I still hope to replace the enclosure with something more sleek and industrial at a future date, but this will keep be brewing in the time being and allow me to resolve issues and upgrade in the meantime.

Now for the parts list, as best as I can manage. You will have to forgive me – many of these items I sourced back in 2007/2008 and I can’t remember where they came from or how much they cost – so I did my best to hunt down equivalents in today’s online environment.

Quantity Description Unit Cost Total
1 Netduino microcontroller board $35 $35
1 Cosel VAA505 5V 1A Power Converter $18 $18
2 Crydom D1210 Solid State Relays $40 $80
2 2″x3″ Crydom aluminum heatsinks $18.50 $37
2 Plastic SSR covers $4.50 $9
1 20×4 LCD Character display $18 $18
1 Custom control shield PCB (OSHPark) $25/3 $8.50
1 Custom LCD backpack PCB (OSHPark) $18/3 $6
1 MCP23017 Digital I/O IC $3 $3
1 CMOS 4070 Quad XOR gate IC $0.50 $0.50
3 Push buttons $1 $3
2 Heavy-duty switches $3 $6
1 10k linear potentiometer $1 $1
1 12″ 6-pin jumper wire $1 $1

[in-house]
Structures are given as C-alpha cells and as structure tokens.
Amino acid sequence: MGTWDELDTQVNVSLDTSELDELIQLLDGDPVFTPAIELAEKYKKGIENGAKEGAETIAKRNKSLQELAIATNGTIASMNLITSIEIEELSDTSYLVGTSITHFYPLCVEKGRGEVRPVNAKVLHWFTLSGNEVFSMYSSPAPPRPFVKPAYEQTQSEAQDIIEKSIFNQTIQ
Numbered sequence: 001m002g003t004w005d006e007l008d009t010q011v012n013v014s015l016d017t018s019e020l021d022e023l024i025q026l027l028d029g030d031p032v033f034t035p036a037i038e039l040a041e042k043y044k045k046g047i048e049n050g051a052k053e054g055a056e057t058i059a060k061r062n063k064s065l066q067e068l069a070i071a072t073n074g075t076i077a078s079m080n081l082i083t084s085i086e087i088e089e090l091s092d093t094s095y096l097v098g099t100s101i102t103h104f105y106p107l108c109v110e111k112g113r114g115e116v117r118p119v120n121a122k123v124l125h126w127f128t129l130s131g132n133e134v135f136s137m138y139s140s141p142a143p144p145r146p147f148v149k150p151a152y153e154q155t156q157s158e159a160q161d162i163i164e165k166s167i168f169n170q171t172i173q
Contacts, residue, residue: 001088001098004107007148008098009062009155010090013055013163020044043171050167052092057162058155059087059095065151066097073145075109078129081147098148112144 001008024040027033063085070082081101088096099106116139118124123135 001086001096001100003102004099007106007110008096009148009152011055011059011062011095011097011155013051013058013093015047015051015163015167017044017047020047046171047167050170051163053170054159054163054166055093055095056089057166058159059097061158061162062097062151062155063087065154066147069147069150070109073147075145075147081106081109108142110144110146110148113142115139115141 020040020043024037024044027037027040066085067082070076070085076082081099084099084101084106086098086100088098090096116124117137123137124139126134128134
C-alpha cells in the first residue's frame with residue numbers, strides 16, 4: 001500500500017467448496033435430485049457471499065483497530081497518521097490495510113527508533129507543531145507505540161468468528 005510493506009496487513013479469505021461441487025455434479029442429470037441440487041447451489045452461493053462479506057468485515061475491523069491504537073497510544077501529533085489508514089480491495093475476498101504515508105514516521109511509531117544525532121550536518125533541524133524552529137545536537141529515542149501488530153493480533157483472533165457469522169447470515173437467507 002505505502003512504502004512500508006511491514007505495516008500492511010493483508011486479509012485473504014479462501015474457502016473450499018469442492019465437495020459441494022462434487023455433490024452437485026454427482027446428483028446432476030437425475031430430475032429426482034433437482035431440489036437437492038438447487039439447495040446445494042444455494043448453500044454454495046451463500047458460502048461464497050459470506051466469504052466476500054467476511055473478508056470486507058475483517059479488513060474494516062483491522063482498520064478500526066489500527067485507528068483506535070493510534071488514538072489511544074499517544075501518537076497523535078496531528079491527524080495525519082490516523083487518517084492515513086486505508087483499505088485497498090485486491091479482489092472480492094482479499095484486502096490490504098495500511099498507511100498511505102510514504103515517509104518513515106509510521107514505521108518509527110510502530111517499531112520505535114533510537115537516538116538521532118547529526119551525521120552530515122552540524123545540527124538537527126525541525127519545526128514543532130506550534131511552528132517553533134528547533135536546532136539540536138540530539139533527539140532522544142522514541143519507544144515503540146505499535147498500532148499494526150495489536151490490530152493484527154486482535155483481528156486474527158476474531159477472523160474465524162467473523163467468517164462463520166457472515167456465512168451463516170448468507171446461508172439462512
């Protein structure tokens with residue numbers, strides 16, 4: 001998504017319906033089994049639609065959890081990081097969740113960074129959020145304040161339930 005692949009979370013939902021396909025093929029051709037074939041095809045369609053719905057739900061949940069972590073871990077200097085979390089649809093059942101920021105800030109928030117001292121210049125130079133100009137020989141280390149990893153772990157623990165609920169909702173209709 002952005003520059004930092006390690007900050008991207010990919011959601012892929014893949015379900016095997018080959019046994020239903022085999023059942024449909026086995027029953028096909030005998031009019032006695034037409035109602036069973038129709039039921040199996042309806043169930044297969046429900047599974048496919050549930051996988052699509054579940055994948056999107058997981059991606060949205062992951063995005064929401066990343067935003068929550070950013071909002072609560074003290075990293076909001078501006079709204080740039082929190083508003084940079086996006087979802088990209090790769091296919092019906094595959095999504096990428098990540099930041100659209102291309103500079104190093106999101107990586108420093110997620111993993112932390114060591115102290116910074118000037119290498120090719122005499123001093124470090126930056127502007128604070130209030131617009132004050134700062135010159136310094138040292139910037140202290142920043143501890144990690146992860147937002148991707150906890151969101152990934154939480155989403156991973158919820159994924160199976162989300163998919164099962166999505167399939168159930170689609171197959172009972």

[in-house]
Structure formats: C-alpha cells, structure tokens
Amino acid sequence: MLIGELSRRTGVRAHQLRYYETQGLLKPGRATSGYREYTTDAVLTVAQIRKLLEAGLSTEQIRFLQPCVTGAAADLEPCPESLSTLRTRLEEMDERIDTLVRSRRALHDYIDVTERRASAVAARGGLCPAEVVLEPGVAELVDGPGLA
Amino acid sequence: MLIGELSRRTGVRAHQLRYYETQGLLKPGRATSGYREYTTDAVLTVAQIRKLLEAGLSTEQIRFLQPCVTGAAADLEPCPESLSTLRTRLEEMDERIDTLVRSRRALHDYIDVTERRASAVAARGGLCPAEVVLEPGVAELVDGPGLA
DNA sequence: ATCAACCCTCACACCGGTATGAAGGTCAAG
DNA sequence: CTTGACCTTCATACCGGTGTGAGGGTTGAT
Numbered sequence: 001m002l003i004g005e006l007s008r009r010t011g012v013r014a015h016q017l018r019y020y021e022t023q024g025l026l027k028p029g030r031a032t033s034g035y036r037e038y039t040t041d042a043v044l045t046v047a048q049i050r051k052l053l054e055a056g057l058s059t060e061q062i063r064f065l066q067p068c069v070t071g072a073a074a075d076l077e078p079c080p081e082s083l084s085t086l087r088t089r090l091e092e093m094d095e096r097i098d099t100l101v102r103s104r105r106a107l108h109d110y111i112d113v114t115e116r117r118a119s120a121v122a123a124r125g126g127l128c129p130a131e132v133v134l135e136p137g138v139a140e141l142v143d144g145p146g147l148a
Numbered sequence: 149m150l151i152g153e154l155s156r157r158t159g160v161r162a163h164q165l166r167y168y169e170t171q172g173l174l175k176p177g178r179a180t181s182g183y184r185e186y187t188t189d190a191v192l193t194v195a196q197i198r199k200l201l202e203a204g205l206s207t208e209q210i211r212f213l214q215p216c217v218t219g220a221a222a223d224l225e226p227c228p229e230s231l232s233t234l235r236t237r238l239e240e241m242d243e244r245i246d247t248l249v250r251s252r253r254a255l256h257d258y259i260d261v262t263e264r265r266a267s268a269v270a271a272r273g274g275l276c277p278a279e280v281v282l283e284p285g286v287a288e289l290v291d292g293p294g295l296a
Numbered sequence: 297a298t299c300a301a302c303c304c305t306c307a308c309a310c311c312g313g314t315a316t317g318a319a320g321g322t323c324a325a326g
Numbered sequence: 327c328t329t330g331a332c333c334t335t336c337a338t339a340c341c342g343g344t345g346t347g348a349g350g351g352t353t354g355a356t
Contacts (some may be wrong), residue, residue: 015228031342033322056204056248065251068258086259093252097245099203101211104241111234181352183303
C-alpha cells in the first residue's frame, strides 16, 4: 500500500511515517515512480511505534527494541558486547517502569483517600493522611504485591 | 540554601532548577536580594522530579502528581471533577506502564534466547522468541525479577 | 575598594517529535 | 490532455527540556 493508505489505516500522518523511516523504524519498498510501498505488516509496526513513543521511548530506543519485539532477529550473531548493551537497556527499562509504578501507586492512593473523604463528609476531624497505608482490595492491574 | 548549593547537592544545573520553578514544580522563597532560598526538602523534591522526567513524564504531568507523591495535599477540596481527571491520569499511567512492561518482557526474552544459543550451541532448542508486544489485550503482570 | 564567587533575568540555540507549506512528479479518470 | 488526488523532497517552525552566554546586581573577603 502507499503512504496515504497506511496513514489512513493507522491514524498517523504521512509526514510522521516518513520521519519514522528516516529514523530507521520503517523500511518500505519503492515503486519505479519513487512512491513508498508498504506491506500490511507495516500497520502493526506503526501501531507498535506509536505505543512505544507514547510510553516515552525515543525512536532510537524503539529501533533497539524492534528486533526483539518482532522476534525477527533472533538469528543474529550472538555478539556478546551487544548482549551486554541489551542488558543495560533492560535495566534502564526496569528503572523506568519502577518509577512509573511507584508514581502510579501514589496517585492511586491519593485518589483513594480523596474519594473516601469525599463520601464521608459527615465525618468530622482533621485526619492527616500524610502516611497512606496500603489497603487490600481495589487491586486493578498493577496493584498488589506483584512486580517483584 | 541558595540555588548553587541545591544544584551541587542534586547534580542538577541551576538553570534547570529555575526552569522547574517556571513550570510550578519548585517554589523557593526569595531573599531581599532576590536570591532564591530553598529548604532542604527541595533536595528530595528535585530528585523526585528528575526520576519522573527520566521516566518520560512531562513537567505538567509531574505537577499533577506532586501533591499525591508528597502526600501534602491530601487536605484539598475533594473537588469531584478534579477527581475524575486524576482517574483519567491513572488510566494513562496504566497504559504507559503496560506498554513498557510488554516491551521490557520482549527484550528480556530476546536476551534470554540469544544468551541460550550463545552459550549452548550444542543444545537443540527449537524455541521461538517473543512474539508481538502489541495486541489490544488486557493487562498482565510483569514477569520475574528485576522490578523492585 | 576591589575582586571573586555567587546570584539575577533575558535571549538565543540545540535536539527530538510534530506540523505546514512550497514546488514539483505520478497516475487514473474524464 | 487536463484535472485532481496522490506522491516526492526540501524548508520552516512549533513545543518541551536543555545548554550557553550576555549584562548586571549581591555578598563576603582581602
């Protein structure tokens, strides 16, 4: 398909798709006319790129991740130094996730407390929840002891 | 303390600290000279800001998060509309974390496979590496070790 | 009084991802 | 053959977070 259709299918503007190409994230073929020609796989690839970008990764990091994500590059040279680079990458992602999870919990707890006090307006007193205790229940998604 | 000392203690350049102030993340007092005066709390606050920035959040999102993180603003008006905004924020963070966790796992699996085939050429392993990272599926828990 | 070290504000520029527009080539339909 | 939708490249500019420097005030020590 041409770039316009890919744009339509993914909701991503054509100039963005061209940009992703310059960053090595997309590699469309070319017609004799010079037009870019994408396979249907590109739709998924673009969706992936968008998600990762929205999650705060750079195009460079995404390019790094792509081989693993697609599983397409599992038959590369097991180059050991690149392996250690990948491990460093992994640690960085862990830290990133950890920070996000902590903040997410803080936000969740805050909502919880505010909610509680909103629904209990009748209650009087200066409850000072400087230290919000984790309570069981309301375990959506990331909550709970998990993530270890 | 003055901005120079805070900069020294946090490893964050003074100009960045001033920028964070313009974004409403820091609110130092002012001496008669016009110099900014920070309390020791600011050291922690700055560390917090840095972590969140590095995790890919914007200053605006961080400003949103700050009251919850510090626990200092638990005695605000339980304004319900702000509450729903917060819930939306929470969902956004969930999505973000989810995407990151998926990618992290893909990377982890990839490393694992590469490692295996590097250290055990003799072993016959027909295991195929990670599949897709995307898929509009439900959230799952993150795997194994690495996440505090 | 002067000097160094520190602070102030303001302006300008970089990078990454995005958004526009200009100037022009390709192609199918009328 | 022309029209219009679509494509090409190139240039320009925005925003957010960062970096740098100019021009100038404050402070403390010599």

1 5V Fan $5 $5
Fan covers (front & back) $5 $5
Misc. resistors, terminal blocks, etc. ~$10 ~$10
Misc. wires & connectors ~$10 ~$10
Misc. screws & mounting hardware ~$5 ~$5
1 Plexi enclosure box (Free) (Free)
1 Repurposed computer cord (Free) (Free)
TOTAL: ~$261

Categories: Brew gear, BrewzNET 2.0

Wireless Grant Build

March 15, 2014 Leave a comment

Wireless GrantMuch of the build for the wireless grant was posted in the previous two posts. I will try not to repeat things that have already been covered and focus on those things that are unique to the grant.  The grant is actually based on the MoreBeer hopback with the addition of another 1/2″ stainless half coupler located 180° from the lower outlet coupler. 2 Madison 8700 horizontal float switches occupy the two half couplers on the same side, spanned by a custom-fabbed 1/8″ stainless steel support for the electronics housing. These float switches have a pivot point well clear of the threaded half coupler and allow the floats to move freely, which is an important criteria when selecting / sourcing them. As I found out, the stainless switches I bought a few months back can’t be used for this reason.